The fruits of India’s economic boom are obvious in the cities where malls and SUVs have sprouted like mushrooms after a shower. But in the nation’s remotest areas there is a conspicuous absence of the most basic services.
It’s a stormy May evening in Arunachal Pradesh, the mountainous state bordering China and Myanmar, also known as Burma. A thunder storm sways the trees and lightning creates bright patterns in the evening sky.
Living in darkness
Hemanto Lal, a farmer, scurries for shelter as the storm hits his fields. Back in his single room hut, his wife lights a fire which serves many purposes: it dries their wet clothes, heats water for tea and provides light.
“We’ve had no power here for a week. The electric pole fell in last week’s storm. And nobody has come to fix it yet,” he complains.
Arunachal Pradesh is the site of some of the country’s most ambitious hydro electric schemes. More than 150 dams across the state’s enormous mountain fed rivers are in various stages of planning and construction. However the electricity generated from the massive schemes is destined to be sold to neighbouring Bangladesh, despite the fact that the majority of AP’s own villages have a 40% power deficit.
Hemanto Lal, like many AP villagers has had to adapt to the situation: “As the sun sets, we wrap up work and go to bed,” he says, “we wake up with the sun at around four a.m. and head to the fields. That’s how we live here, not like you in the cities, where life begins at 10 in the night.”
A youth drain
22-year-old Suneesh, is Hemanto Lal’s neighbour. He studies Business in Kerala in south India and comes home just for summer vacations. “I live and study really far away. It took me three days on the train to reach home,” says Suneesh who is back just for the summer vacation.
Arunachal Pradesh has a population of 1.3 million, but only two universities and twenty affiliated colleges. Even government schools at the primary and secondary level don’t fulfill the needs of the population. So there’s a steady flow of young people heading out of the state in search of better opportunities.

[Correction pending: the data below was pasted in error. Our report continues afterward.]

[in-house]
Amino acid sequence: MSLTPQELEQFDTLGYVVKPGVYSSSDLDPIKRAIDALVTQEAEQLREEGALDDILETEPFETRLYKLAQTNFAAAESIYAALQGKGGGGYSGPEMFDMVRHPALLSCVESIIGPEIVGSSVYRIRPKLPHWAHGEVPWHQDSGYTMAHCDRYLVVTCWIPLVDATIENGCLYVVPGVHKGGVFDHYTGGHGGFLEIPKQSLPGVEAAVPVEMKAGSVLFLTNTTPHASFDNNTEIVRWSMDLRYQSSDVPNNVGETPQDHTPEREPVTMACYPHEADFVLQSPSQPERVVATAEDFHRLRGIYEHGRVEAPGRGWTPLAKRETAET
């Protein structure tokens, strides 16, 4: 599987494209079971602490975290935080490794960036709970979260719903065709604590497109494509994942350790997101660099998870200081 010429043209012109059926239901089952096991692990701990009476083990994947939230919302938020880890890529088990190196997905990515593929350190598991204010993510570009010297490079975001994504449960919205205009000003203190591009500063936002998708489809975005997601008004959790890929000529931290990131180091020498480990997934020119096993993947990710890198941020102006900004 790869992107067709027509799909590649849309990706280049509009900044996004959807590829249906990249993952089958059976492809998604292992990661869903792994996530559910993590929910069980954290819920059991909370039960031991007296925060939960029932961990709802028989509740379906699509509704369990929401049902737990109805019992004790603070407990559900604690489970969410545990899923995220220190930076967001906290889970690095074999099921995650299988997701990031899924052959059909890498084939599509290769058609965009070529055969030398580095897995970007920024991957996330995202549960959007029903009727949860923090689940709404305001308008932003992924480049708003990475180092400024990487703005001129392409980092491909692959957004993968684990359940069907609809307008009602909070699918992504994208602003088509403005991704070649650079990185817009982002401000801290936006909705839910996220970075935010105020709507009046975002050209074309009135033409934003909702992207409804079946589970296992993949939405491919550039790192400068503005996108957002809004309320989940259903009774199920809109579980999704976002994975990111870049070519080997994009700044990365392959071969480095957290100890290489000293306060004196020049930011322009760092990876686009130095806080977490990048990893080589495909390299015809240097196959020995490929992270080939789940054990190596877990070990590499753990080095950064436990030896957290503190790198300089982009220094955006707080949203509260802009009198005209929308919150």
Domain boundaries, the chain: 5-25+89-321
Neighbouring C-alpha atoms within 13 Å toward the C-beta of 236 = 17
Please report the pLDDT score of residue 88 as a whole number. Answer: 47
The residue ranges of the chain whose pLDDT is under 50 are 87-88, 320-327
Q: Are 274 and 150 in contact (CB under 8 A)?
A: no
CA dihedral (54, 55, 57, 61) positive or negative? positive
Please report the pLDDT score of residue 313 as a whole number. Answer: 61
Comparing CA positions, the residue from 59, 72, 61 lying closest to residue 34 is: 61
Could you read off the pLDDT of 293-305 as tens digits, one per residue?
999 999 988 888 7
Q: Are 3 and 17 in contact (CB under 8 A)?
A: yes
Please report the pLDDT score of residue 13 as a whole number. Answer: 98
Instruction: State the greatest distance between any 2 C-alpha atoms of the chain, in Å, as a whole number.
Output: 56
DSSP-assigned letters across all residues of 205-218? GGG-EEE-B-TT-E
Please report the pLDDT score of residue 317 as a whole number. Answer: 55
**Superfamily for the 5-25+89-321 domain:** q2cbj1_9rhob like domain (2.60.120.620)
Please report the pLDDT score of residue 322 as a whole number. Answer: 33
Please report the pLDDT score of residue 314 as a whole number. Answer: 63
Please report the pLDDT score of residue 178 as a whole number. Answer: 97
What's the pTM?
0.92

Suneesh has no plans to return to his village in Arunachal Pradesh. “I want to score good marks in my exams and get a good job in some city. That way, I can send home money and take care of my mother and father. What will I do if I return here?”
Suneesh’s fluent English is a legacy of his Christian missionary education.
The huge void left in the education sector by the government is largely being filled by Christian missionaries, Baptists as well as Catholic, who have built many schools in the state.
Hemanto Lal leased out some of his land to the Catholic Church for a school. “I am a Buddhist and I believe that there is only one God. So I don’t care if someone doing good work is Christian or Hindu or Muslim or Buddhist,” he explains.
But the Church organizations are controversial. One estimate claims that under their influence, nearly 30% of the predominantly tribal population has converted to Christianity. Over the years across India, there have been sporadic outbreaks of violence in response to Christian conversions, so Church authorities are tight lipped about the subject.
But one member of the Catholic Church responded on conditions of anonymity: “The state accuses us of conversions. But that’s not the point. We are providing people with basic needs that they aren’t able to provide,” adding “and then if people want to choose our way of life, is it our fault?”
On the road
I accept the offer of a ride with the official on one of his visits to a tribal community 60 kilometres away. The journey takes over six hours.
“The rules are different here in Arunachal. Time has a different meaning,” says my host. “The state has been planning to build bridges for many years, but don’t be surprised if you return 10 years later and there’s still no bridge.”
People are often forced either to drive to neighbouring Assam to cross the river there and return to AP, or use the ramshackle boats that are a risky substitute for the shortage of bridges.
The church representative has been working in Arunachal Pradesh for decades now and though he refers to AP as India’s ‘deprived child’, he’s hopeful.
“A lot has improved here in the past 25 years. Today, we can at least drive in cars here. There was a time when we had to walk two days to reach here,” he says.
Improvement moves at glacial rate in Arunachal, but that doesn’t mean that it’s not noticed.